Kurobuta Pork


Click here to visit Greenwood Farms and their Berkshire (Kurobta) Pork

Photograph of a Berkshire (Kurobato) Hog




Once upon a time, pork was America’s favorite meat. From Colonial times until the 1950s, pork was the mainstay of the American diet, outselling both beef and chicken decade after decade. From the 1950s through the 70s, pork consumption decreased steadily and the diet craze that began in the 1980s sent the industry into a tailspin. As chicken became America’s favorite meat, pork producers responded by promoting pork as “the other white meat” and switched from raising tender, tasty farmstead hogs to producing pork with as much as 30% less fat. The reduction in fat cut a few calories, but it robbed the pork of intramuscular marbling ~ where the flavor and juiciness reside. The end result was pork that was tasteless and dry. Not the best incentive to buy a package of pork chops or a pork roast for Sunday dinner.


Fortunately for those of us who long for the taste of old-fashioned, homegrown pork, one group of producers held fast and maintained the original, delectable taste of pork: the producers of Berkshire pork. Research has shown that Berkshire pork not only has finer marbling but also shorter muscle fibers (translates into more tender meat). A University of Iowa taste test Berkshire pork ranked first in 22 out of 24 traits that influence tenderness, meaning the Berkshire is genetically predisposed to producing the finest quality pork.


Up to now, the major market for Berkshire pork was not the US but Japan, where taste took priority over fat content. In Japan Berkshire pork is called Kurobuta (Black Hog) and is prized as much as Kobe beef, but now, chefs at upscale restaurants in the United States have “discovered” Berkshire pork and it is an centerpiece item on their menus.

Feeding Berkshire Hogs


"It's a great, versatile product," said Tom Boyce, chef de cuisine at Spago, in Beverly Hills in California. "... It's definitely one of our favorite things to cook out here. It's God's favorite animal as far as I'm concerned."


The French Laundry in Yountville, California, has gone to great lengths to get purebred Berkshire pork, says chef Corey Lee. “It's a very specific taste," he said. "It doesn't have the generic mild taste of most market pork." And Michael Kaplan, chef at Strata in New York says Berkshire pork “has a natural juiciness to it that you can’t compare to any other pork.”


Although the Berkshire’s genetic predisposition for flavor is important, the genetics of the Berkshire breed is only 1/3 of the equation for superior tasting pork. Another third is related to the food the pig eats while he is fattening. Swine are unusual in that the fat they eat is not broken down by the digestive process but deposited into the muscle intact. Pigs are, quite literally, what they eat. Feed a pig peanuts and the pork will end up with a peanut flavor. Give them pecans or apples and the meat will have a slightly nutty or fruity flavor. This amazing ability to capture the flavor of the foods they eat is why a top New York restaurant recently paid $1000 per animal for peanut, acorn, and alfalfa raised hogs. (FYI, confinement raised hogs average $160 each).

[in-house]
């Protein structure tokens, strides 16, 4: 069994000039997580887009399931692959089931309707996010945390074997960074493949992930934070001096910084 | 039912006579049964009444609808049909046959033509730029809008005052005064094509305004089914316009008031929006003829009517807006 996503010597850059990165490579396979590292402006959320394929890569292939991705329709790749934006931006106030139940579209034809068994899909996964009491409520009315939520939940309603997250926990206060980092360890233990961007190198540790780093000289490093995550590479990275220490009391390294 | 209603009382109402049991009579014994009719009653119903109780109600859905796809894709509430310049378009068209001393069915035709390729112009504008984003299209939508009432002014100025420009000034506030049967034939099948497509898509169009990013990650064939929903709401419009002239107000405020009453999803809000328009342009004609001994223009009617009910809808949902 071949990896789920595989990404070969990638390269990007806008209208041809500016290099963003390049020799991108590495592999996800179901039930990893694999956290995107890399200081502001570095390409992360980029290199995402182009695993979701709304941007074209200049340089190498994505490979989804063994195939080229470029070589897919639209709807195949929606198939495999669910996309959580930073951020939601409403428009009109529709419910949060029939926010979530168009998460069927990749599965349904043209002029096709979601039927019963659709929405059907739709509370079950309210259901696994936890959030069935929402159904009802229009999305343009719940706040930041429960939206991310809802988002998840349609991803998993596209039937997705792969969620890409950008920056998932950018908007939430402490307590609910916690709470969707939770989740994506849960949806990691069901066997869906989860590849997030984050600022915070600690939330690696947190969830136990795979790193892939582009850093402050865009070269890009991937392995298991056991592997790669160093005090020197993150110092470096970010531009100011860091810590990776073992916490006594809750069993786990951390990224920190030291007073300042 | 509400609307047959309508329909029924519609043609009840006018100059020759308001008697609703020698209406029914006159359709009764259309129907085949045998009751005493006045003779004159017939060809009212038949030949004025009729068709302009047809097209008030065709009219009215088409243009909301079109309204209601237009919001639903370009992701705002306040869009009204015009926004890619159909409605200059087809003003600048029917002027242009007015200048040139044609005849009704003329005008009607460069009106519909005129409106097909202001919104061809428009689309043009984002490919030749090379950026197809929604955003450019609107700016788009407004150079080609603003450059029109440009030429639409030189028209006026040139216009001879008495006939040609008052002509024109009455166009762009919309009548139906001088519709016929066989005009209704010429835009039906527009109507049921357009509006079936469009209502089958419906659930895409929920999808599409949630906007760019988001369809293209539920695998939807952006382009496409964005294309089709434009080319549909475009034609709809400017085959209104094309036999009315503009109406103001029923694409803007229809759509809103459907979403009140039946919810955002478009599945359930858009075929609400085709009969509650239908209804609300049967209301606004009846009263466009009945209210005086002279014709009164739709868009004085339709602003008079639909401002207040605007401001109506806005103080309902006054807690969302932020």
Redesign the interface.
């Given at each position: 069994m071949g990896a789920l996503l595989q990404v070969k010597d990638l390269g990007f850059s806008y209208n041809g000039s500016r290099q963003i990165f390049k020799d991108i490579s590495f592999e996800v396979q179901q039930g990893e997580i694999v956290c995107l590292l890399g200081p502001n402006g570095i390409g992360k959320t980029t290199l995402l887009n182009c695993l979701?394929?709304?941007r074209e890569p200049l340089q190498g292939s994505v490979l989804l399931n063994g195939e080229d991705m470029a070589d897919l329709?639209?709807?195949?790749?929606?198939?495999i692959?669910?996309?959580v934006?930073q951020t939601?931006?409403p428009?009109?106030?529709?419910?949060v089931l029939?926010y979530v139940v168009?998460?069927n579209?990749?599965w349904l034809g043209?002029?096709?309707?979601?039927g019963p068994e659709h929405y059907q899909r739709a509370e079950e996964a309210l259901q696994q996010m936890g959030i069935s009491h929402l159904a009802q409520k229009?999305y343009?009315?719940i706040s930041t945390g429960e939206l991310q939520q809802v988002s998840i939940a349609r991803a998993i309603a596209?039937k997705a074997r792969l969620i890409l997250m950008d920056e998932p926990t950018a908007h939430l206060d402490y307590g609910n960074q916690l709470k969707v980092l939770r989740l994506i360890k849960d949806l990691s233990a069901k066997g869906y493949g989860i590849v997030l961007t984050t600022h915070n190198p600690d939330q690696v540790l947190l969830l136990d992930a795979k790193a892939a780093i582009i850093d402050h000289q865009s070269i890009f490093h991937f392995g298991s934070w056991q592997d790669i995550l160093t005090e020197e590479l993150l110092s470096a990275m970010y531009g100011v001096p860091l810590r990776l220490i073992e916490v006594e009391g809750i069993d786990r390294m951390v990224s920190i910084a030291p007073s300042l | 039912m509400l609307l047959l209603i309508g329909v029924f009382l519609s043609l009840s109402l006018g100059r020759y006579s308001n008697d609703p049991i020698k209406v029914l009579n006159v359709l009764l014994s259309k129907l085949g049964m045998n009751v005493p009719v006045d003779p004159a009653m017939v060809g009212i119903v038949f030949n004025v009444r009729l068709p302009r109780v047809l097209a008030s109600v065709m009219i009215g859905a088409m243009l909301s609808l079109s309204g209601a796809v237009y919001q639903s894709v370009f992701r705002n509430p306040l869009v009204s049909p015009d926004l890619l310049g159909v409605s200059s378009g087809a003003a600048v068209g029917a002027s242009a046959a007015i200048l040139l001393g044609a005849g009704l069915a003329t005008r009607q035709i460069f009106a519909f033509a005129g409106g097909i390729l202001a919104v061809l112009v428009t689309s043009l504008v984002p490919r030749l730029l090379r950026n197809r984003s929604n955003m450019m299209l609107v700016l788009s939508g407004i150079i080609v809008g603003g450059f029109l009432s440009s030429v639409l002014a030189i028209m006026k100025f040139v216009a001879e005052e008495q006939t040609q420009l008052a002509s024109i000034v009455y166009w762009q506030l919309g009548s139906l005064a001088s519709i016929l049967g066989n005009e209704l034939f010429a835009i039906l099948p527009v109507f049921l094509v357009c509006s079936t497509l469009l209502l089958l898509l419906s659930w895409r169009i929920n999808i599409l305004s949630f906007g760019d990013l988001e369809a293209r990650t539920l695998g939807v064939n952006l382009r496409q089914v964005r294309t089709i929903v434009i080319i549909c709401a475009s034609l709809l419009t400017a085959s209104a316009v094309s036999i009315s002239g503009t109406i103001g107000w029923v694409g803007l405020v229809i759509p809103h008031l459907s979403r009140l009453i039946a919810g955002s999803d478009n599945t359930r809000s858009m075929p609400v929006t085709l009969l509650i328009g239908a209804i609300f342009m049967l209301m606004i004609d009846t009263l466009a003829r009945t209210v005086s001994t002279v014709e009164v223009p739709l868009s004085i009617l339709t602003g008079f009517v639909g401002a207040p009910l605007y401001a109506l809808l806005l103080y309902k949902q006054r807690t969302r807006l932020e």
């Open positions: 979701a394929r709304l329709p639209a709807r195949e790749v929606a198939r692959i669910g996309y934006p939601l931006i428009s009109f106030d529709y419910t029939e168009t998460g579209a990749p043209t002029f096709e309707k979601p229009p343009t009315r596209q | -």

Here on Greenwood Farms, we are pleased to announce that we are now raising Berkshire pork. We raise our hogs on clover pasture (ever hear of the phrase, “happy as a pig in clover?”) and a mixture of corn and oats. This is all good nutrition, but what makes our pork special is that we supplement their diet with our own whole Jersey milk, giving the pork a flavor that hints of cream. As a health bonus, the CLAs and Omega 3s from the milk of the pastured Jerseys are deposited in the fat of the pork, making our Beyond Organic Pork as healthy as it is flavorful.


The third part of the “flavor equation” in great-tasting pork is a low-stress lifestyle. Stress causes all animals to produce energy at the expense of the intramuscular fat, resulting in dry, tough meat. For pigs, heat is a major stress factor. Pigs have no sweat glands and must “wallow” in the summer to keep from overheating. We go beyond simply giving our pigs a wallow. Our Berkshires live in a pasture with a spring-fed pond on one side and a cave that maintains a temperature of 60 degrees year-round on the other. This keeps our pigs happy and cool in even the hottest weather.


Raising quality pork is an art and a science. We do our best to keep our pigs happy and comfortable during their time with us. and in return, the pigs reward us with pork that tastes better than any we’ve eaten. Please see our price list to view the cuts of pork we currently have available.

Last Updated Thursday, August 09, 2012 01:09:02 PM